November Wind

November 29th, 2011 at 10:45 am

Today’s Flyover People column as seen in The Emporia Gazette:


The wind was so strong that I expected to see a few stripes being yanked from Old Glory and watch them whip away into the atmosphere.

Stretched to its limit, a flag held onto a residential pole for dear life as raging gusts tugged at the Stars and Stripes.

It was a day of warm wind from the south before a day of cold wind from the north. Kansas is just a crazy, mixed-up medley of weather. I guess that’s why we like it here; each day is a surprise. Some people may consider our state to be plain and ordinary, but you certainly can’t say that the weather is boring; it does its best to out-do itself.

Winds that Friday clocked in at 33 mph with gusts up to 46. Certainly not the strongest winds we’ve ever had, but strong enough.

While we seem to always have some level of wind here, it’s often just a relatively quiet stream in the background. On this particular Friday, however, the 70-degree air was on a jumpin’ joyride, headed northbound, and everything above ground was up for grabs.

In a tree-filled neighborhood, I drove through a leaf storm. My windshield was pelted with the colorful handprints of maples, oaks and Bradford pears. Just a few days earlier I had noticed how glorious the Bradford pears were in the bright sunshine. The leaves bore the colors of ripe fruit: pomegranate, mango, persimmon, pumpkin.

Even though it was mid-November, leaves still hung on many trees in town. But now wind was the victor, taking them down, dozens at a time. Dead leaves filled the gutters and I realized that in places they had formed drifts. Leaf drifts.

And huddled like old grief, jumbles of leaves found themselves stuck in the web of shrubbery, unable to move on.

The wind blasted through town. As angry as a bad boyfriend, it slammed the door on its way out, backed over the trash bins and tore off down the street.

As I drove along Fifteenth Ave., Friday morning’s trash pick-up had been completed and now the empty gray poly carts were lying in the street, a half-dozen of them, one after another, face down, each lid gaping in disbelief.

Between poles, electrical lines bounced. No circus performer would walk a wavy tightrope like that. The arm of traffic lights reaching across Sixth Ave. swayed to the beat of the wind. Gusts sent a warm shiver up the spine of a stop sign and the red octagon shook its head back and forth which seemed to negate its stated message.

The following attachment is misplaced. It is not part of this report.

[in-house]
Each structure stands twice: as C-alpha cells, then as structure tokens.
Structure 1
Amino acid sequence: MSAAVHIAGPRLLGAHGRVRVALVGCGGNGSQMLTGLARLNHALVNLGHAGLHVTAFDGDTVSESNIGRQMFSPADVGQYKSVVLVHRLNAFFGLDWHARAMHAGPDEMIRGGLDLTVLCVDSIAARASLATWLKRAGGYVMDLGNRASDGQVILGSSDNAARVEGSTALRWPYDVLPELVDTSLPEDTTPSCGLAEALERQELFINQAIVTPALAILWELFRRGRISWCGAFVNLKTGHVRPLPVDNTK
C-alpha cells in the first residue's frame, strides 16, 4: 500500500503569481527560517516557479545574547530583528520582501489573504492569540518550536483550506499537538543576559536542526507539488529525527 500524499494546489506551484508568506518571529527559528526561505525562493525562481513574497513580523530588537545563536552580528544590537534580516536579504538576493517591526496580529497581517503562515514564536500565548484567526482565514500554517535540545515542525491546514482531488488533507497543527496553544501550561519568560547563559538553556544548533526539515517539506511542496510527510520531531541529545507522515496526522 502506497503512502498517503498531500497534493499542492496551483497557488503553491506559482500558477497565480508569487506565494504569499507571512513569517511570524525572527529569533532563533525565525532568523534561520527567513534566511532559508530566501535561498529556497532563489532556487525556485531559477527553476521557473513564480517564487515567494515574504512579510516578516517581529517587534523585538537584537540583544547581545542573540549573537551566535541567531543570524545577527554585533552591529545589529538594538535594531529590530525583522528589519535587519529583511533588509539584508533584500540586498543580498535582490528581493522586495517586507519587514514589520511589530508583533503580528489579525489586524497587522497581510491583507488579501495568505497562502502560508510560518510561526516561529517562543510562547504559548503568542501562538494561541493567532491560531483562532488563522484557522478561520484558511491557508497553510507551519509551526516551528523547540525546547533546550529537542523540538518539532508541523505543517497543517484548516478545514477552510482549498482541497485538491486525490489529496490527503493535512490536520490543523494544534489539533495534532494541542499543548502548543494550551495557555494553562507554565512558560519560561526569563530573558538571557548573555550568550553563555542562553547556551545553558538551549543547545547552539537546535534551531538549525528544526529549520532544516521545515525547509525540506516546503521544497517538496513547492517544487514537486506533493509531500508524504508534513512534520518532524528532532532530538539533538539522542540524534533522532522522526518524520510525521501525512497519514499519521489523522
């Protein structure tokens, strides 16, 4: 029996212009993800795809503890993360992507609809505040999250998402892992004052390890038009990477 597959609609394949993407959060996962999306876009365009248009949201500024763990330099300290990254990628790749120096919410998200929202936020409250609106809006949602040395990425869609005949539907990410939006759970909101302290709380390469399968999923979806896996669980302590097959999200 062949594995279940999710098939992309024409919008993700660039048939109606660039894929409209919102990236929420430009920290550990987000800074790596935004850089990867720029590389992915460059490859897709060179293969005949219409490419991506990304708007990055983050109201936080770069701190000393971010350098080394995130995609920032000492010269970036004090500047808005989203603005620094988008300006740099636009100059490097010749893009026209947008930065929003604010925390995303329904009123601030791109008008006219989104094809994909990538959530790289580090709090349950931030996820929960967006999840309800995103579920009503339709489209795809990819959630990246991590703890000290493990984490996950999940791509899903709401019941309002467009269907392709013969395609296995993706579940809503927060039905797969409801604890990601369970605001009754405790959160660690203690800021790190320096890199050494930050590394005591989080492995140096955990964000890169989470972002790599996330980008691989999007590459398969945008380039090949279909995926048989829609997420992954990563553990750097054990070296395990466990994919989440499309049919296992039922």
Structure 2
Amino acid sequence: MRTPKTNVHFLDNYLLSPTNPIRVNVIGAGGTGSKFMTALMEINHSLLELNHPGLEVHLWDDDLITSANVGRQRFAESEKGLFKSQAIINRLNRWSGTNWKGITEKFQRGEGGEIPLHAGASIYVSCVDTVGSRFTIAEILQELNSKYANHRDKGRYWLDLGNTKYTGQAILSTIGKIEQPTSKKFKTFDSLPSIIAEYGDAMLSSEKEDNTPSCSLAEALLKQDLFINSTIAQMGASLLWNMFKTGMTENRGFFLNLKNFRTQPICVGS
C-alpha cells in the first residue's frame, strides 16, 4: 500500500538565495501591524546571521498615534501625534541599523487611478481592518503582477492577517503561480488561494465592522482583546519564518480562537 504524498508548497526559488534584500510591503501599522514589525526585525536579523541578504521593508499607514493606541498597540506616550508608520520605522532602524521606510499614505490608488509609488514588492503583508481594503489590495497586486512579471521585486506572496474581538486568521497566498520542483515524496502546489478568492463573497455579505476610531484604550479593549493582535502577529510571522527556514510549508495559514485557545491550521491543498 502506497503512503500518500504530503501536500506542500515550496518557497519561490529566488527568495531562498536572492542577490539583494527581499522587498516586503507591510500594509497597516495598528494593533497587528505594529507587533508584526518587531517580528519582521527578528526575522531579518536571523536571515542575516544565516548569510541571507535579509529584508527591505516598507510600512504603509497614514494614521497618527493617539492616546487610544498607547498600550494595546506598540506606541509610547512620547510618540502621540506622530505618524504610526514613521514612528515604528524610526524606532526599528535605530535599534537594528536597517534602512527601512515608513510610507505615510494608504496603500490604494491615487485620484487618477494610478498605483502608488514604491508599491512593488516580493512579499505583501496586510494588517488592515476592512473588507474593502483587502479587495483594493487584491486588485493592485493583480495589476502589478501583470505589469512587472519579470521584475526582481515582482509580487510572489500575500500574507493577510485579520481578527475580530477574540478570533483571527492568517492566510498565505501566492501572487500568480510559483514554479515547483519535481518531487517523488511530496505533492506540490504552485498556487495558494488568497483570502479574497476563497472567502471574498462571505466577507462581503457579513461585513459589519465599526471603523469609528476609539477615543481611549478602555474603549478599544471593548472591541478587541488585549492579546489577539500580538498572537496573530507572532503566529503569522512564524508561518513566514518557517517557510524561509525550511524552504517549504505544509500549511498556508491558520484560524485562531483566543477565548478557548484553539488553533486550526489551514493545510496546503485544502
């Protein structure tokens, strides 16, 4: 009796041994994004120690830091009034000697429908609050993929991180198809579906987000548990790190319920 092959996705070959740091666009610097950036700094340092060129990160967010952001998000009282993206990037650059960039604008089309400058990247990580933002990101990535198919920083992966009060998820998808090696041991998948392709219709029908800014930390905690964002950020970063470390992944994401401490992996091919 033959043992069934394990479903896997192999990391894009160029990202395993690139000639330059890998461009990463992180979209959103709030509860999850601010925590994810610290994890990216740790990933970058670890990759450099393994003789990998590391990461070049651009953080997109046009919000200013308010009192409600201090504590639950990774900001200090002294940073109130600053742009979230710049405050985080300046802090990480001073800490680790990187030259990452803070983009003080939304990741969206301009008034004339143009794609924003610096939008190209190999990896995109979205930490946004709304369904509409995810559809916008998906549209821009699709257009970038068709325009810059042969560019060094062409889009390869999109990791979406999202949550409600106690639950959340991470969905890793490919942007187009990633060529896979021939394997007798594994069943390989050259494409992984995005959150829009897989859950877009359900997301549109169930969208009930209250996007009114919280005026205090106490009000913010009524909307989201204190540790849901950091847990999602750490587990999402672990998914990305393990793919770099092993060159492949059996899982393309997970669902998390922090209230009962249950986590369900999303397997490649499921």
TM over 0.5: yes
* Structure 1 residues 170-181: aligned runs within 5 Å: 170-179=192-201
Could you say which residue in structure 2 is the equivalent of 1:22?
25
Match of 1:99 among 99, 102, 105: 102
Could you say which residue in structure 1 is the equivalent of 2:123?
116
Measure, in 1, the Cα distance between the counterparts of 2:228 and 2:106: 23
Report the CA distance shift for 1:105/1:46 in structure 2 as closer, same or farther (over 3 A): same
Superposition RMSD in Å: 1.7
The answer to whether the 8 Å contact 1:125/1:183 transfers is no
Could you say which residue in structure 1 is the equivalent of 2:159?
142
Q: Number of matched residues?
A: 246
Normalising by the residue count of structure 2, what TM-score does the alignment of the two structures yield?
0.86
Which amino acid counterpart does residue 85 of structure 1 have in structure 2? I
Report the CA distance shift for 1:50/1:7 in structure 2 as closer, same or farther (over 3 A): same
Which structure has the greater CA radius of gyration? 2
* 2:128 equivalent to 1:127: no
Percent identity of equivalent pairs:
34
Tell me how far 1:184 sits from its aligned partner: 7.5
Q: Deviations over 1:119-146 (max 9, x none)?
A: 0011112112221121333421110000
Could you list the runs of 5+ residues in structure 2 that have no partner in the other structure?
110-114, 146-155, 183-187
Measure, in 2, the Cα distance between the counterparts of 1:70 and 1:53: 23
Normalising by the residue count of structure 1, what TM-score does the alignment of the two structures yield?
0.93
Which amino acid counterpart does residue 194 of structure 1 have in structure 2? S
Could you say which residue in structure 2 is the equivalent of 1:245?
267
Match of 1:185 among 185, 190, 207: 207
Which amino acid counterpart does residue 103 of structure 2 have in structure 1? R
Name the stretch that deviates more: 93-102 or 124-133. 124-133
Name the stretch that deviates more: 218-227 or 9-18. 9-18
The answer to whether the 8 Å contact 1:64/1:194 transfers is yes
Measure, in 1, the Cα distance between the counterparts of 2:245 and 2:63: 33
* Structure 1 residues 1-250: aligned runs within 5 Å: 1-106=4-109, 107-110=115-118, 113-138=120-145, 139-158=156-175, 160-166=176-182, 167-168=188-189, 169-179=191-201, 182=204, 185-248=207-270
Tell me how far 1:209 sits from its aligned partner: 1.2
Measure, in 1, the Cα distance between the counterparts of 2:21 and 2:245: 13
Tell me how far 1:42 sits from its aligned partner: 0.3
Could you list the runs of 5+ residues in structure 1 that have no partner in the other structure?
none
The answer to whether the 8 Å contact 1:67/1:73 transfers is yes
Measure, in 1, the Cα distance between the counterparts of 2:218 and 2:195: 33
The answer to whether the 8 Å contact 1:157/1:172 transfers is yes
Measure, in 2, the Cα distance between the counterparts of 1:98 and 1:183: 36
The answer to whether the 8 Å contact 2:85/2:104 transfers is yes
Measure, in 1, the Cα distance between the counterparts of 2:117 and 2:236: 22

Walking downtown, I wore a ball cap to keep my hair from becoming tangled. Normally, a hat brim is there for protection, it shades our eyes, but in the wind that protective brim fails us, provides a handle for a gust to grab. And so it happened: my cap sailed away and tumbled down the sidewalk. The cap kept leaping ahead as if pulled on a string, until I made a lunge and trapped it with a foot. I wonder how many caps a year are lost to the Kansas wind.

A stout breeze may seem friendly at first, giving you a bear hug when you walk out the door, but soon you find that it’s like one of those close-talking people, someone who invades your personal space, ignores social cues, and never backs away.

The wind that Friday had a Southern drawl. Saturday was a different story; the wind hit us from the north. Friday, our high was near 70. The cold front on Saturday dropped the temperature to around freezing. Both days, wind was the active story.

KSN Meteorologist Mark Bogner said, “With the low pressure along the strong cold front, contrasted with the fairly high pressure over the southeast, and the much stronger high pressure coming down from Canada, we get ‘squeezed’ in the middle, and since we don’t have significant hills or trees to slow the wind down, we get lots of it here in Kansas.”

Usually the wind simply blows through the margins of our lives, but some days it does a full sweep, clearing everything in its path.

One advantage to wind, however, is that we often see the American and Kansas flags as they were meant to be seen: unfurled.

Yes, here in Kansas, we definitely get our money’s worth out of flags.

Copyright 2011  ~ Cheryl Unruh

columns, life on the ground, seasons, weather

  1. Bob Patterson
    November 29th, 2011 at 11:50 | #1

    “Huddled like old grief”–excellent!

  2. Roger
    November 29th, 2011 at 11:51 | #2

    Another good one, Cheryl. I like the Old Glory reference bookends.

  3. Kris
    November 29th, 2011 at 13:51 | #3

    I think our souls have been tattooed by the Kansas wind. We are marked as belonging here.

  4. elebrown
    November 29th, 2011 at 14:09 | #4

    “huddled like old grief, electrical lines bounced, colorful handprints of maple…” –I could NEVER write like that! You MUST be a writer!!

  5. Weeta
    November 29th, 2011 at 21:30 | #5

    I like “pelted with colorful handprints of maples . . .” because I can instantly see leaves like hands. Great article, Cheryl – I felt like I was there. I felt that breeze come right out of my computer screen!